Dog food labels can be lengthy and difficult to decipher and despite being regulated by the Association of American Feed Control Officials, and not all brands contain the best nutritional ingredients that dogs need to stay healthy. In addition, while premium dog foods are typically better formulated with healthier ingredients, consumers also need to be aware of how their dog's age and activity level affects nutritional needs.
The product labels on dog food packaging contain important nutritional analyses and percentages such as how much protein, fat, moisture, carbohydrates, fiber and by-products are in the food. In general, the ingredients are listed in descending order by weight. However, it is the high water content of, for example, chicken, that makes it rank higher on the list, rather than the actual nutritional value of the ingredient.
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Below are some of the key ingredients to look for when determining if a particular brand represents a healthy dog food choice or is laden with substandard ingredients that could not only lessen the quality of a dog's life, but also the longevity.
- Protein: Not all protein sources offer the same nutritional value. For example, plant-based proteins are a cheap substitute for proteins that come from meat sources. In addition, some protein, which comes from meat by-products, is actually indigestible. Dog Food Advisor ranks common sources of dog food protein in descending order of nutritional worth beginning with eggs, and then fishmeal, beef, milk, wheat, corn, and wheat gluten. In this ranking, "Animal protein can be expected to demonstrate a notably higher biological value than vegetable protein."
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- By-products: These filler foods are low in nutritional value and are more commonly used in cheaper dog foods. They do little to contribute to the health of the dog but do add weight and nutritional percentages to the label. By-products come from animal sources such as internal organs, feet, intestines, necks, and heads. To identify healthier dog food brands, look for less or no by-products on the label.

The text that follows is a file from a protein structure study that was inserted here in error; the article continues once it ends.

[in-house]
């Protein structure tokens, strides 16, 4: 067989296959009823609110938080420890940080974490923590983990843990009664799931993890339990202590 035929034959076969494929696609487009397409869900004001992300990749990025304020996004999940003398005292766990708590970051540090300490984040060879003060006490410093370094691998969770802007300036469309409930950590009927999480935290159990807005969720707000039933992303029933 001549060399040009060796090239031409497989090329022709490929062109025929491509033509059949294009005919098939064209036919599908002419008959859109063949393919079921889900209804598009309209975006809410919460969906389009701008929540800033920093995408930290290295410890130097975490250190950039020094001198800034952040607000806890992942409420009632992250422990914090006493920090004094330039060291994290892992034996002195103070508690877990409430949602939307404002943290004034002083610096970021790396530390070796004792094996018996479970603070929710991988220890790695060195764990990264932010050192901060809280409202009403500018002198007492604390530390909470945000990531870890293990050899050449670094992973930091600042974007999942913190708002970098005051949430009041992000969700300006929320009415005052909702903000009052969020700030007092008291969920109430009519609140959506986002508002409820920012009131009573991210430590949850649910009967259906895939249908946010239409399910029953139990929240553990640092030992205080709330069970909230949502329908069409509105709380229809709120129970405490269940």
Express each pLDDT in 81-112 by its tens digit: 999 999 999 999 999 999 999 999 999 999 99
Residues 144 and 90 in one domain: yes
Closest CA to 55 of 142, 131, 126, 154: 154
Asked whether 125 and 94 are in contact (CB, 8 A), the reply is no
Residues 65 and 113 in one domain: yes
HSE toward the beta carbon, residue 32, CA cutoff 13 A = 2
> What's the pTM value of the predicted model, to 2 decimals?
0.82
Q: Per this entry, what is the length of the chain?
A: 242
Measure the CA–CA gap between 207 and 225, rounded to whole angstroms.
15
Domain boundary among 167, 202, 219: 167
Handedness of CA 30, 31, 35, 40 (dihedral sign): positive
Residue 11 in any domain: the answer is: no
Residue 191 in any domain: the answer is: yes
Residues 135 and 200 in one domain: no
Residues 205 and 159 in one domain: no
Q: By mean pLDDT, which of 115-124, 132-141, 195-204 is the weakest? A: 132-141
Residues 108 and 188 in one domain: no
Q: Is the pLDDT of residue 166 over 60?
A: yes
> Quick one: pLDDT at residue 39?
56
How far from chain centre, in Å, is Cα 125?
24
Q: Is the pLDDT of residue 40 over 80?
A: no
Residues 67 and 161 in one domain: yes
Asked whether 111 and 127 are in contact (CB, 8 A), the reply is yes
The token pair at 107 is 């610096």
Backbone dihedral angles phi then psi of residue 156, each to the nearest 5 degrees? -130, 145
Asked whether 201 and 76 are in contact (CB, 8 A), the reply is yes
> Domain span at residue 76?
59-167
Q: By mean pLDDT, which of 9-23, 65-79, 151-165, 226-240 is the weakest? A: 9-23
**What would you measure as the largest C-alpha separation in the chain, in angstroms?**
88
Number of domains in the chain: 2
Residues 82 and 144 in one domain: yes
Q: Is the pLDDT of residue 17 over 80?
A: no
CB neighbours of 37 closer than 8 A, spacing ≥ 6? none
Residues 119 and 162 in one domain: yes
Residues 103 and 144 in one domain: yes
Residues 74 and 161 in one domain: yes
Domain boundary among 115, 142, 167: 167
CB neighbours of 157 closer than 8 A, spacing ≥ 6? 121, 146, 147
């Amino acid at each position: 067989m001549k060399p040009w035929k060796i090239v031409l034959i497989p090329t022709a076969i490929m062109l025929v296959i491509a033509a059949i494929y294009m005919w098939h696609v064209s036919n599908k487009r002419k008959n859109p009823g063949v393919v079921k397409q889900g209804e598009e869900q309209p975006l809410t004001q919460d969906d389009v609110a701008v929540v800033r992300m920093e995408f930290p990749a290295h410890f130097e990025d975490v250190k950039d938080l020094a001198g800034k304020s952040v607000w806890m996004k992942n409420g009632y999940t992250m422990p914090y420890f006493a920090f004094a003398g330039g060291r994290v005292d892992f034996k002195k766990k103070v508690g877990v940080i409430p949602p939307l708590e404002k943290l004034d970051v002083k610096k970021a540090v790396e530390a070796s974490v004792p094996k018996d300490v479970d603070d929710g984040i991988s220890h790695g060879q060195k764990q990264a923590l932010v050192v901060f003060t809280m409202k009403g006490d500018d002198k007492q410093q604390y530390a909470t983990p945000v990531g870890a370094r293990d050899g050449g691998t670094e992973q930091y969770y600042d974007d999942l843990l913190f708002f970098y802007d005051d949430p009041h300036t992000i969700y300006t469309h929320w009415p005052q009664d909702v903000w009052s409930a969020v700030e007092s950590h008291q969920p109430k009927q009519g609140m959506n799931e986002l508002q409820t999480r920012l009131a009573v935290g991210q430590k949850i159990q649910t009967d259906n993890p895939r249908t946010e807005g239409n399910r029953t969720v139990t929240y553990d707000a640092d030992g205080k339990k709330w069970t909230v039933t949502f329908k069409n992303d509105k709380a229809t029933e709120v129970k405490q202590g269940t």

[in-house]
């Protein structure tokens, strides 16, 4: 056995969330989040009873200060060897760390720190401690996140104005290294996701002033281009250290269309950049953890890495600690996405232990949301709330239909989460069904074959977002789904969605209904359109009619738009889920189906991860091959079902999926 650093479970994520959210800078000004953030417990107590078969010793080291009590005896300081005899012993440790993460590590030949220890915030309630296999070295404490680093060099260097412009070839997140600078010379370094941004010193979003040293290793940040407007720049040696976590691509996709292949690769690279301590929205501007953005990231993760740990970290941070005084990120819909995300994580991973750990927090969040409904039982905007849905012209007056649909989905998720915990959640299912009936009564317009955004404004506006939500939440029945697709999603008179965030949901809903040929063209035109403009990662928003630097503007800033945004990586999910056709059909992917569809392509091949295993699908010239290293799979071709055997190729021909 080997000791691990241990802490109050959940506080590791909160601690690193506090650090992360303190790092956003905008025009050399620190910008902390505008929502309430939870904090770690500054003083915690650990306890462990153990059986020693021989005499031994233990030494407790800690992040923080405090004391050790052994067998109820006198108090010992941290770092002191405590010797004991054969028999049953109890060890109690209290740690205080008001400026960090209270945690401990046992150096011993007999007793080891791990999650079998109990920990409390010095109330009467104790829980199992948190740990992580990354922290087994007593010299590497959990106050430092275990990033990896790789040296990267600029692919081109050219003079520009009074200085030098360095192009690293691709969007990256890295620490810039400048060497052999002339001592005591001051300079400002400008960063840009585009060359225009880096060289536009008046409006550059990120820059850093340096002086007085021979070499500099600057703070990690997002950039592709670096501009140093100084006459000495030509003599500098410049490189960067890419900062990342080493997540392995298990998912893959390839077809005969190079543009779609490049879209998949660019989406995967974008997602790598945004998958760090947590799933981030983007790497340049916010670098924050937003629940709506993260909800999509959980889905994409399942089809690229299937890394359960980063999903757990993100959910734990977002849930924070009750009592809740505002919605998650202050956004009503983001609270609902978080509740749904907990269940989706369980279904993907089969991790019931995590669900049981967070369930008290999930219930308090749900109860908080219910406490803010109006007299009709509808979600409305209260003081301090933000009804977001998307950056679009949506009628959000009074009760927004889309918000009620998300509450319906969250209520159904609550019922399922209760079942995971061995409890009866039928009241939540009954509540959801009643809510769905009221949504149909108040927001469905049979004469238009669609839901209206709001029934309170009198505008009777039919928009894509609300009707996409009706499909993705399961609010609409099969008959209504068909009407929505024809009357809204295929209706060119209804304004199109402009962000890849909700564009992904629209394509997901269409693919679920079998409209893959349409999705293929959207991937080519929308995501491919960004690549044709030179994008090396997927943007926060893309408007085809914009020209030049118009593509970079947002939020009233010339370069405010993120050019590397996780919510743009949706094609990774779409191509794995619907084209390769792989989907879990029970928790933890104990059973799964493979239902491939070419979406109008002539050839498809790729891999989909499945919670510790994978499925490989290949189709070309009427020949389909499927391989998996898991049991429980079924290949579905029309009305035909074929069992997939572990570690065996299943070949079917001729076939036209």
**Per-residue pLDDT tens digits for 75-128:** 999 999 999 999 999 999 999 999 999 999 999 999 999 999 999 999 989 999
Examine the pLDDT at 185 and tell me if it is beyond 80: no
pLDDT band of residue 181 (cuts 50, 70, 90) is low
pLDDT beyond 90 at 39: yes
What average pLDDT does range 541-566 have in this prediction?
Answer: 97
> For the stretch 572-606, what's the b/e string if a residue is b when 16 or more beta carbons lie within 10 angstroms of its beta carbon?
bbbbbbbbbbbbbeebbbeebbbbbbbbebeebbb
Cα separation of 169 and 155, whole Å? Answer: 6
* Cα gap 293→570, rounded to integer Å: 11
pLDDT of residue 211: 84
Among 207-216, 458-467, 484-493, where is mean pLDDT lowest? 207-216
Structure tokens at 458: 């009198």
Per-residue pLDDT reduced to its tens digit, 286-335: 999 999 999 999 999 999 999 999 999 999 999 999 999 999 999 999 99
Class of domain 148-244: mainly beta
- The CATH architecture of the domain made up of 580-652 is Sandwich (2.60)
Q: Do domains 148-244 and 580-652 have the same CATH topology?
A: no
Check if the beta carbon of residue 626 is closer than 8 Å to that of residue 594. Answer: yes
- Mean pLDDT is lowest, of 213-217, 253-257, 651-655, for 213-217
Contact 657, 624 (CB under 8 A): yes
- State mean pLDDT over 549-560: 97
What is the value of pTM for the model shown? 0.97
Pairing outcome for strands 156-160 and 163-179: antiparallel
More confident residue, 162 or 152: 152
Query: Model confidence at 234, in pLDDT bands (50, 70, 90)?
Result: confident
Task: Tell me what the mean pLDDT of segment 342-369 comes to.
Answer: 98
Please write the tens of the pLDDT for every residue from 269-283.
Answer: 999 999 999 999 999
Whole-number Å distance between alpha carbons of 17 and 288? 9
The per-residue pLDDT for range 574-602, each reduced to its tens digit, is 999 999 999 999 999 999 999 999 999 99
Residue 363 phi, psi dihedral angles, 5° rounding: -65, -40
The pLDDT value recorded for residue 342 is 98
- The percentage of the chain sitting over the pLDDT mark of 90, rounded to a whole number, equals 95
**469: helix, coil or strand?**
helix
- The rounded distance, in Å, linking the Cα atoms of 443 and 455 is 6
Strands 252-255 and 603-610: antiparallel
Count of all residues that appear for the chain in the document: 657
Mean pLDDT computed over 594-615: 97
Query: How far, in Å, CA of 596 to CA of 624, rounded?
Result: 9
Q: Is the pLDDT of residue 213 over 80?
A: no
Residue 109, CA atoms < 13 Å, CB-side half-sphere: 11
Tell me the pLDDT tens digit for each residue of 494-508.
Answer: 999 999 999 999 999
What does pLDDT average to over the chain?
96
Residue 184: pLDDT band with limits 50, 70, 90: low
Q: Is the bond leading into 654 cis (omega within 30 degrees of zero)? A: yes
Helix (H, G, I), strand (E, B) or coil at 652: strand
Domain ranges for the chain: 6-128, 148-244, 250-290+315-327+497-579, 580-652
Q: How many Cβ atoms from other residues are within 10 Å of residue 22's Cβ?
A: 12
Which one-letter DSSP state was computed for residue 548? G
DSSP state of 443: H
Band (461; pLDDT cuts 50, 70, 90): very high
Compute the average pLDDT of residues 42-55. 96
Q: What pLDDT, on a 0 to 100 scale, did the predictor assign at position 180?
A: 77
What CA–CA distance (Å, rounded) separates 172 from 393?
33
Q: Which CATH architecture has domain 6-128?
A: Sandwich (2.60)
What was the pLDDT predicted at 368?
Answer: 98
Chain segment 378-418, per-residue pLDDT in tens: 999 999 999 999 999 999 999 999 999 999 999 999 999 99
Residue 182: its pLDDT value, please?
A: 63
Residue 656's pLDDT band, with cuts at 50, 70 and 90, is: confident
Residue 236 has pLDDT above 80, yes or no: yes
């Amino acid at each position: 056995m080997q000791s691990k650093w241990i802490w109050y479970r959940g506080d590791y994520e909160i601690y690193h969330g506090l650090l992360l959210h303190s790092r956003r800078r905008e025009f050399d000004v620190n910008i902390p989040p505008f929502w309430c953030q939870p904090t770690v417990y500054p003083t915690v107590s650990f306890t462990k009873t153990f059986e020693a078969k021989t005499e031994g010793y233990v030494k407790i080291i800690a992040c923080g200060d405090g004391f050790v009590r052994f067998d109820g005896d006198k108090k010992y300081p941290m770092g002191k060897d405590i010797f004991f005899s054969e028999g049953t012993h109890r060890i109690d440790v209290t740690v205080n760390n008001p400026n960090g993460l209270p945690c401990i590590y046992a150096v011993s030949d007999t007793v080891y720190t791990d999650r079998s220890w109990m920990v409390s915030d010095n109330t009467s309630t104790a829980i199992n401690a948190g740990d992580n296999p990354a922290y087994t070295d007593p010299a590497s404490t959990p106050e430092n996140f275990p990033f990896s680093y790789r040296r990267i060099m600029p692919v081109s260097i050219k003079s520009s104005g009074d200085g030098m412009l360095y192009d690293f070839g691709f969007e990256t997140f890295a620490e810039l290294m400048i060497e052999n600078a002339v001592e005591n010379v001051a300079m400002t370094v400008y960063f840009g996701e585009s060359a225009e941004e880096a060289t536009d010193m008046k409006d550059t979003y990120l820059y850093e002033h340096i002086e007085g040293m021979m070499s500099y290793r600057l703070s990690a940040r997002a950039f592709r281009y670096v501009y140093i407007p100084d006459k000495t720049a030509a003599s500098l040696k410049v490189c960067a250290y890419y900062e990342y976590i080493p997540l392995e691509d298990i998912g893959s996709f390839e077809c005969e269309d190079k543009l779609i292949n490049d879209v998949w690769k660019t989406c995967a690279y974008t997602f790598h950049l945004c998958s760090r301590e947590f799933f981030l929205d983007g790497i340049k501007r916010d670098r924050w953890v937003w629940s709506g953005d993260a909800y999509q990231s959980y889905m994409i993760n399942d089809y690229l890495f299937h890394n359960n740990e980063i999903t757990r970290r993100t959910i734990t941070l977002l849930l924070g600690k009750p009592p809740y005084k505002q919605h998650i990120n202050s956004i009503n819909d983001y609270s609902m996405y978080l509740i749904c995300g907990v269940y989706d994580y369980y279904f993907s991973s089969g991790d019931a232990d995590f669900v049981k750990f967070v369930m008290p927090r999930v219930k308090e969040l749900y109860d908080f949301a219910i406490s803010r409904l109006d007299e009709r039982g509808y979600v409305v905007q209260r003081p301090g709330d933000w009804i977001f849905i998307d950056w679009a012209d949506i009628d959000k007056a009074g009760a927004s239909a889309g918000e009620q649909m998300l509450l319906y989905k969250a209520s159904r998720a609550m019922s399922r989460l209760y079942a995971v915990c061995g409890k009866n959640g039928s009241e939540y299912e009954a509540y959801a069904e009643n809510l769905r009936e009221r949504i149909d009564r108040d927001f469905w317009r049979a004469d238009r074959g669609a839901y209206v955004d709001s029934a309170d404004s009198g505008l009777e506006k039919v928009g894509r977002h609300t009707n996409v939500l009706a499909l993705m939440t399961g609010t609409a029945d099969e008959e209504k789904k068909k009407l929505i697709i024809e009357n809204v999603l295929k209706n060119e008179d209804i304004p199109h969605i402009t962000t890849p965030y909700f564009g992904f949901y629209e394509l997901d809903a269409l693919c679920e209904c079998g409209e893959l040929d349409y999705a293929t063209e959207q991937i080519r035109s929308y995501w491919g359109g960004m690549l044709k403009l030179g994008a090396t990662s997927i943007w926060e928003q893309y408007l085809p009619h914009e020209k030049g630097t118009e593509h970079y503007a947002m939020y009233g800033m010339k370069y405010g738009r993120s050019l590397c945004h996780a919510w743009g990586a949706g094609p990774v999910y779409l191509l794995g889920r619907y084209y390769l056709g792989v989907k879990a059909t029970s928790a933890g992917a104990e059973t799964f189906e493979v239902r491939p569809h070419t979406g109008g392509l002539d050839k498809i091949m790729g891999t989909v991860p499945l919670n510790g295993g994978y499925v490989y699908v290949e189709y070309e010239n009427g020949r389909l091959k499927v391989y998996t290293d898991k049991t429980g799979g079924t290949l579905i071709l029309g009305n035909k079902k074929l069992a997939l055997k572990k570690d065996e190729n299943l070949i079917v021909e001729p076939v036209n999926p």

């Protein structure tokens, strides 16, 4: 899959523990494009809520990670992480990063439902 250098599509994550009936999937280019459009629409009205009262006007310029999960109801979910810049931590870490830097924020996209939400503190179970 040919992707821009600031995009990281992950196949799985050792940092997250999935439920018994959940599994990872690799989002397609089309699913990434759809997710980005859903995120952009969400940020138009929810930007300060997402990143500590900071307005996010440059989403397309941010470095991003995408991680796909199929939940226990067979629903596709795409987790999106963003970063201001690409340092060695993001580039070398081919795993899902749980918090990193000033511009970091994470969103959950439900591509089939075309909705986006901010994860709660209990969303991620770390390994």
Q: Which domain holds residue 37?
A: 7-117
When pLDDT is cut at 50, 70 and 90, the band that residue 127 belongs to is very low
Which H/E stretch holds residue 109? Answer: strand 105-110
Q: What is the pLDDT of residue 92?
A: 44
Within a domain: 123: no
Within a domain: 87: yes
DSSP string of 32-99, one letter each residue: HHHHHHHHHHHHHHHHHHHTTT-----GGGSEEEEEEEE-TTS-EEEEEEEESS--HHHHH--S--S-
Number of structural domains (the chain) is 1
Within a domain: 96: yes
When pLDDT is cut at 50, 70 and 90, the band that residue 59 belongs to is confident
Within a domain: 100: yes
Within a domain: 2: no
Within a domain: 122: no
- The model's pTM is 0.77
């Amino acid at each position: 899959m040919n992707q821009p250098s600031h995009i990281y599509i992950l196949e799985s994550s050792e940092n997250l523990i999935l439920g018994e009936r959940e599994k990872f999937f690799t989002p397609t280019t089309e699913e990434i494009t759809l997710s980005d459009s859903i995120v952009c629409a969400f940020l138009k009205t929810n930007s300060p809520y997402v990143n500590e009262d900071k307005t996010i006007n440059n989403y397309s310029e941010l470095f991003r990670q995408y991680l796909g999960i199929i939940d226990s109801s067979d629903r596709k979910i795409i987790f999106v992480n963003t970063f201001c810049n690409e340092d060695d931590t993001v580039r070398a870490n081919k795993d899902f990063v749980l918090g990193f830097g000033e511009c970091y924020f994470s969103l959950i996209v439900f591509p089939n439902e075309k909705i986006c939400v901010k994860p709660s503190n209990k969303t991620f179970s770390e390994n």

- Preservatives: There are chemical preservatives that are common in cheaper dog food brands and over the long term, they may be harmful to dogs. Whole Dog Journal recommends that dog owners avoid "dog food that contains artificial preservatives such as butylated hydroxyanisole (BHA), butylated hydroxytoluene (BHT), tert-butyl hydroquinone (TBHQ), propyl gallate, and ethoxyquin, in favor of products made with natural preservatives, such as tocopherols (vitamin E), citric acid (vitamin C), and rosemary extract."
- Life stages: If a brand of dog food is labeled as appropriate for all stages of life, then it is likely the food will not meet the needs of older or younger dogs nor take into account their activity levels. The food may contain the right amount of protein or calcium for puppies, but be inappropriate for the nutritional needs of a senior dog.
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- Digestibility: Healthy dog foods that have less by-products and higher nutritional values also have a higher level of digestibility. Although they may cost more, the actual serving portions may be less, which can help even out the higher price. In addition, a higher digestibility factor has the added bonus of producing less waste.
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